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National

Harvard Poll: Millennials Disapprove Of President Trump, Seek To Unify Country

ARI SHAPIRO, HOST:

Now to a new study that looks at millennial attitudes toward politics and political discourse. As NPR's Vanessa Romo reports, there are some surprising findings.

VANESSA ROMO, BYLINE: If President Trump were a student, he'd have to have a serious talk with his academic adviser.

EMILY SALEME: I think he realized that the job of president is a lot harder than he anticipated.

LUKE GRAETER: I really don't like a lot of the things that Trump has done that have kind of undermined democratic norms.

MEG COLLYER: I guess I would also give him around a D.

ROMO: That D comes from Meg Collyer. She and fellow students Emily Saleme and Luke Graeter spoke with me at the Ohio State University. And like most of their millennial peers, they're uneasy with Trump's performance as leader of the free world. Yet only 41 percent of millennials give him a flunking grade. Senior Amanda Patterson (ph) tells me she's frustrated with the lack of what she calls mesh in Congress.

AMANDA PATTERSON: There's no mesh going on right now, and I think the people can feel that, too. And we're like, what are we doing?

ROMO: Unlike their boomer or Gen X parents, these young adults - and in this case, we're talking about 18- to 29-year-olds - they more than any other generation hope to unify the country. For them, the most ethnically and racially diverse generation in American history, strict party loyalty is super outdated. John Della Volpe with the Institute of Politics at Harvard has been analyzing data on millennials for the last 18 years.

JOHN DELLA VOLPE: No one wants to be divided. They each want to work to help unify America in their own particular way.

ROMO: Over that time, he's observed this group has an a la carte approach to politics. Republican student Luke Grader looks every bit the part of a young conservative - white button-down, blue slacks, even stars and stripes socks. On the controversial travel ban...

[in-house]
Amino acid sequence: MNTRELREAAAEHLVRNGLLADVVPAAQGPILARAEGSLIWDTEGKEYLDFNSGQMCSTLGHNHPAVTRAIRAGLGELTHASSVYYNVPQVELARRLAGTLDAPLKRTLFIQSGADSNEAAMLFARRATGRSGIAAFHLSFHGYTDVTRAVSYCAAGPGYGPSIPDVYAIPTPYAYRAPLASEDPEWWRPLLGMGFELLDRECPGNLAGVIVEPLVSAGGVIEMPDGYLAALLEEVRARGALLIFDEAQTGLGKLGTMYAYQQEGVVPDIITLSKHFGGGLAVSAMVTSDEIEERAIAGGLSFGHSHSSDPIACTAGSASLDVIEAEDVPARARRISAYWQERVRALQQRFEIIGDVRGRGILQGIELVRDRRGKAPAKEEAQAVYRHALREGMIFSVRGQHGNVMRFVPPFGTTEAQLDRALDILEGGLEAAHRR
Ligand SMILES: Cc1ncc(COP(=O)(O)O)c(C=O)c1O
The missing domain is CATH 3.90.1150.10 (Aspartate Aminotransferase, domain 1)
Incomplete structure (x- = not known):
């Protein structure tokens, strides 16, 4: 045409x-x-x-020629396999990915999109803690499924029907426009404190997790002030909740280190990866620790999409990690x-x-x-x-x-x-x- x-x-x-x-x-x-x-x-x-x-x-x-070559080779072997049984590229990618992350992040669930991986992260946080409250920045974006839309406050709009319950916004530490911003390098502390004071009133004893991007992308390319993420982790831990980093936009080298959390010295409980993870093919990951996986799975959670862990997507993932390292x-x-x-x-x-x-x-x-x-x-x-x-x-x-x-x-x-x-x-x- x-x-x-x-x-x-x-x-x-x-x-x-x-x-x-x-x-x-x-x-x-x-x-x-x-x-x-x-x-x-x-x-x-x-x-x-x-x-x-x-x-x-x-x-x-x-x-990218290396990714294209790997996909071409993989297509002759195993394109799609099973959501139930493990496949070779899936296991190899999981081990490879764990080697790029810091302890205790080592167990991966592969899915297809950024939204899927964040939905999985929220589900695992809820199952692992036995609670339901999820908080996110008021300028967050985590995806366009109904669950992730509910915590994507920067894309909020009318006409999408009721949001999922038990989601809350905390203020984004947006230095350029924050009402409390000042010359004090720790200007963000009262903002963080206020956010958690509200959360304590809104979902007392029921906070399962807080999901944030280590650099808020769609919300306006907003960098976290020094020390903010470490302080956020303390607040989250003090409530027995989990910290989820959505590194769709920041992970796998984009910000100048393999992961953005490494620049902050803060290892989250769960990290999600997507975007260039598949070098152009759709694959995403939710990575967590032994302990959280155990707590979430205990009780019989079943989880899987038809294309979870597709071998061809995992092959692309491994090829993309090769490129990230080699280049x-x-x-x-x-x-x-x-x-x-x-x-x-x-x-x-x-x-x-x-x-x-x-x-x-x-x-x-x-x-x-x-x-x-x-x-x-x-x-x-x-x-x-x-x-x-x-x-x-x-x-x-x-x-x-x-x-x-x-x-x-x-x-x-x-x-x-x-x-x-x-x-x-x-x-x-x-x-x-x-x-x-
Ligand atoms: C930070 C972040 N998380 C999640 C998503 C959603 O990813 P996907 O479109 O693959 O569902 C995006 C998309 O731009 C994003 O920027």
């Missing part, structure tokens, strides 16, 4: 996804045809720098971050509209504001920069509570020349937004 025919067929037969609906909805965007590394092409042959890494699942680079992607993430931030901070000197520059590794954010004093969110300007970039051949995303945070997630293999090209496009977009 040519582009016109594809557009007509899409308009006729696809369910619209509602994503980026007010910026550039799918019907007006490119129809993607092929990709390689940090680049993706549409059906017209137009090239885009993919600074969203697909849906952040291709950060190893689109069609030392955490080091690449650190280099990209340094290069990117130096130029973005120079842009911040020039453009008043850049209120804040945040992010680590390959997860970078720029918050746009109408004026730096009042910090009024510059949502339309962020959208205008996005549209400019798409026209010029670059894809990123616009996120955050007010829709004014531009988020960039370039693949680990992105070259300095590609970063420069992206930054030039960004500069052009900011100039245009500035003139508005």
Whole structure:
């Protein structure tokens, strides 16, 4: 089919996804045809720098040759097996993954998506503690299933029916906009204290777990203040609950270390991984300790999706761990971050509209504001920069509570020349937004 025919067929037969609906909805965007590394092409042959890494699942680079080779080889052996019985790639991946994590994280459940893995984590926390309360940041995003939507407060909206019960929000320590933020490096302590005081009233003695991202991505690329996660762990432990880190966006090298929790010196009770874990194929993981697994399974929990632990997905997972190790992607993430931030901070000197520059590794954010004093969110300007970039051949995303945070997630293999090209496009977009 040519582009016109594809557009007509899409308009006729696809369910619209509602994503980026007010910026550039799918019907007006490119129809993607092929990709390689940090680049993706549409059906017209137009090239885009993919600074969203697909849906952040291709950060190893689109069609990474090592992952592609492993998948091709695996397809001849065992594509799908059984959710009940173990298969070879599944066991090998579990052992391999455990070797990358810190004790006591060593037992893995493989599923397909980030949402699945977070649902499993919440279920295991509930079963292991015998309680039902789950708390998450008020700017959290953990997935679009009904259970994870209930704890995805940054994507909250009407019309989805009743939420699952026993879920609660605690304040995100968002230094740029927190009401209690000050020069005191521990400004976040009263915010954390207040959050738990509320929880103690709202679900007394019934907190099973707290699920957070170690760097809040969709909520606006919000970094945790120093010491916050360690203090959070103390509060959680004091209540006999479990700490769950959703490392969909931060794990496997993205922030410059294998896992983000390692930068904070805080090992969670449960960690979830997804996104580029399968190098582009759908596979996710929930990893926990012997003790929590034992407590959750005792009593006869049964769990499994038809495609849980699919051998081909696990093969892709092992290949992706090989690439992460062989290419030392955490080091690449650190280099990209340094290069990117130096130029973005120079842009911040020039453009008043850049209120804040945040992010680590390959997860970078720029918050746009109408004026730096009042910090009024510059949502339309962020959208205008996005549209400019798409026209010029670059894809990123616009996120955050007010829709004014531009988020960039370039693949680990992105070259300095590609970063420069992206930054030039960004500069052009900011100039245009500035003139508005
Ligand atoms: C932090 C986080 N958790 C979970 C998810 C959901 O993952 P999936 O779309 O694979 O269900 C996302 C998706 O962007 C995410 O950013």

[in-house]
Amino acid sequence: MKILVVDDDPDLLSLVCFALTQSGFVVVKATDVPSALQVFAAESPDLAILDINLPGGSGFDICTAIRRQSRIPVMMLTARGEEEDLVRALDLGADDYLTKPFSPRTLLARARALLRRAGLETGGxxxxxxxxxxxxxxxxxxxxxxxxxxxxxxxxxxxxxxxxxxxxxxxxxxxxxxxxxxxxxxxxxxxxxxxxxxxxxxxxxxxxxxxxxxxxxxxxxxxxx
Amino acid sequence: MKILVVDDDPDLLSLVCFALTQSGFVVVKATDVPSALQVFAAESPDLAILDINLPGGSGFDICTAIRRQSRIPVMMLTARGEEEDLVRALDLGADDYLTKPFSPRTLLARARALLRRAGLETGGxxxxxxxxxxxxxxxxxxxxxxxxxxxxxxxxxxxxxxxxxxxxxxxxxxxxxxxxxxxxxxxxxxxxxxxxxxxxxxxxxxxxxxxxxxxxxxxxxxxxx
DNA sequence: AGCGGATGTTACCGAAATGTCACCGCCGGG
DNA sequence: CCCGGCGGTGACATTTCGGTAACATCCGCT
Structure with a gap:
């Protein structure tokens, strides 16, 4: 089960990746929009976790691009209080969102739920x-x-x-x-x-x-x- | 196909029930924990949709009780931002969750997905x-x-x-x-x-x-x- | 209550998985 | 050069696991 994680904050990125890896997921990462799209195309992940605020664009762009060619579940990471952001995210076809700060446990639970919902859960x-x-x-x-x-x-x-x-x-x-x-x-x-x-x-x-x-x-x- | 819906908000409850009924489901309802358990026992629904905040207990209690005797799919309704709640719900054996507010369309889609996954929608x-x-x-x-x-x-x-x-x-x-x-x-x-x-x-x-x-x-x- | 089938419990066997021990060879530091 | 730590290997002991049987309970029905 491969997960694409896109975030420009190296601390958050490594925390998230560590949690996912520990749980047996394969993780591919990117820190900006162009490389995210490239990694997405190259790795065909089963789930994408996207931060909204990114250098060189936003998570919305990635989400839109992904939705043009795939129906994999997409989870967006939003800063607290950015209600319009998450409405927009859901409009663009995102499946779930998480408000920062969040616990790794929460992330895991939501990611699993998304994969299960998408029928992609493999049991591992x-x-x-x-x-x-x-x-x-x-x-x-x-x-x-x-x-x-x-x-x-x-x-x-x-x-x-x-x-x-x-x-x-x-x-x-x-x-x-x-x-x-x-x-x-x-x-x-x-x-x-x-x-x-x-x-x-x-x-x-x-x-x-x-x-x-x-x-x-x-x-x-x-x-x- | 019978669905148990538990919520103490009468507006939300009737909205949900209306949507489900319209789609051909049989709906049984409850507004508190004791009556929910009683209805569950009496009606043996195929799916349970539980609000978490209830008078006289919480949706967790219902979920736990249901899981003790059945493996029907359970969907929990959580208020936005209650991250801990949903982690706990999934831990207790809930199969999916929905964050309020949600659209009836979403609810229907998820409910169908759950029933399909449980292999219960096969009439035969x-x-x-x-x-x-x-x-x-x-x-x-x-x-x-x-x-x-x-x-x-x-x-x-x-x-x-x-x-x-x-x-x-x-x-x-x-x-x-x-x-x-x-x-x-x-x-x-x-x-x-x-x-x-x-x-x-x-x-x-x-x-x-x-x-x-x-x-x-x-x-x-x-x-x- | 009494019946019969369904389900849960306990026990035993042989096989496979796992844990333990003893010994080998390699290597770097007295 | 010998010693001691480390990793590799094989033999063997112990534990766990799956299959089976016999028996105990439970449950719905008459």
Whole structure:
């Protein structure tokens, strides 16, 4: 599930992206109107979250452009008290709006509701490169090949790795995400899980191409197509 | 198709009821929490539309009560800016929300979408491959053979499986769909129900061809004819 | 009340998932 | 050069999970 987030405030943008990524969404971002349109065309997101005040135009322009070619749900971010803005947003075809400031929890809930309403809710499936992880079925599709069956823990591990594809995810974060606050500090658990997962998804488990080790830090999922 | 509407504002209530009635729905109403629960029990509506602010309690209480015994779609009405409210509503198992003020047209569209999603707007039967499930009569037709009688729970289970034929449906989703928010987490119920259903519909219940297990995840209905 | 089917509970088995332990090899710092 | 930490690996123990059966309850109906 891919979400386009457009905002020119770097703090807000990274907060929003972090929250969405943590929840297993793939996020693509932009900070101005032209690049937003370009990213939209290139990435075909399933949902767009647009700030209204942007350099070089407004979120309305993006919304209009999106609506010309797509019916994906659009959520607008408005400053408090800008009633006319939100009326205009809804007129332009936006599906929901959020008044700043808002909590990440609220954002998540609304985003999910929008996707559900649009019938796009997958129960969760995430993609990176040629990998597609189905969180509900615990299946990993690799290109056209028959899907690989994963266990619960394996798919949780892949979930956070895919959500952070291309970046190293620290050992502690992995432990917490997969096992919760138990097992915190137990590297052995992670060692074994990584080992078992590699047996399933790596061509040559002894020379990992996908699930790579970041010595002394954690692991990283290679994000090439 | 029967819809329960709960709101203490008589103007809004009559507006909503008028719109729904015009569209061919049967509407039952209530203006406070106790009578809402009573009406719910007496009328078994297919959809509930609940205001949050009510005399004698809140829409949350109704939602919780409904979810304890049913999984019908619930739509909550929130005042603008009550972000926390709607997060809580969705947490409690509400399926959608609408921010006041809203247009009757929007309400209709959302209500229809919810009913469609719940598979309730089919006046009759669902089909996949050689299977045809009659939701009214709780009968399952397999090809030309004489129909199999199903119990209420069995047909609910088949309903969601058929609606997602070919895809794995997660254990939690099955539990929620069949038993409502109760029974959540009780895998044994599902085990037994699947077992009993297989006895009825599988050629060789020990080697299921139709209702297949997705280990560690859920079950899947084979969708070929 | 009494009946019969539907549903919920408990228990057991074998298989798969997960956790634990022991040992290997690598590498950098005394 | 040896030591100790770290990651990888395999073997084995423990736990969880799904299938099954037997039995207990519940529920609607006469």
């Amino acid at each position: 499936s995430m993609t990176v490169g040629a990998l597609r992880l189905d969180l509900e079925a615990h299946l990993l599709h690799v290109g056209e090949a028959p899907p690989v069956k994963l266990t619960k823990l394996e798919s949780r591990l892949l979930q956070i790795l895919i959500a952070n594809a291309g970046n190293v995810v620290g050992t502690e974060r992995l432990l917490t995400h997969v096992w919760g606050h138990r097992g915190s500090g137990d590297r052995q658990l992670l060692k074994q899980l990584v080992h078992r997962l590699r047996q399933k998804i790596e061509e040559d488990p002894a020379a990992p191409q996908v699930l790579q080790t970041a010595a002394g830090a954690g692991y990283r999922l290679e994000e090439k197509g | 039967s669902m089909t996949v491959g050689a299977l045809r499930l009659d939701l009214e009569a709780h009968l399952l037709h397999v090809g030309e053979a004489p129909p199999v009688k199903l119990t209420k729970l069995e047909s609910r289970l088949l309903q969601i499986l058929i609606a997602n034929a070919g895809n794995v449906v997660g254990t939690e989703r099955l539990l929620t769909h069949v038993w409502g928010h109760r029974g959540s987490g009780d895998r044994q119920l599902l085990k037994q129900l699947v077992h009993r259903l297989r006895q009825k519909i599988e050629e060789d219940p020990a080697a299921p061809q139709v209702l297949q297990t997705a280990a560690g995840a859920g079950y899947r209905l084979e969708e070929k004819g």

GRAETER: I thought that was bad for the country.

ROMO: Trump's entanglements with Russia...

GRAETER: Have really kind of a malaise over our political system in some ways.

ROMO: On the other hand...

GRAETER: I support his strike in Syria. I thought that was a measured response to a human rights crisis.

ROMO: Nearly half of young adults strongly believe politics plays a greater and more tangible role in their everyday lives. It determines what they buy, who they're friends with and whether or not they vote. But in an unexpected twist, the chances that they would run for public office - give a 9 percent. That's largely because they don't trust the government. Macayla Lee's (ph) a sophomore.

MACAYLA LEE: A lot of the distrust comes from seeing someone who isn't you or isn't your community making the decisions that are greatly fed to you and your community.

ROMO: So look for a Lee campaign flyer sometime in 2020. One last thing - despite being the first generation of digital natives, 60 percent have a message for the president. Lay off the Twitter. Vanessa Romo, NPR News, Washington.

[POST-BROADCAST CORRECTION: In an earlier version of this transcript, the last names of Emily Saleme, Luke Graeter and Meg Collyer were misspelled.] Transcript provided by NPR, Copyright NPR.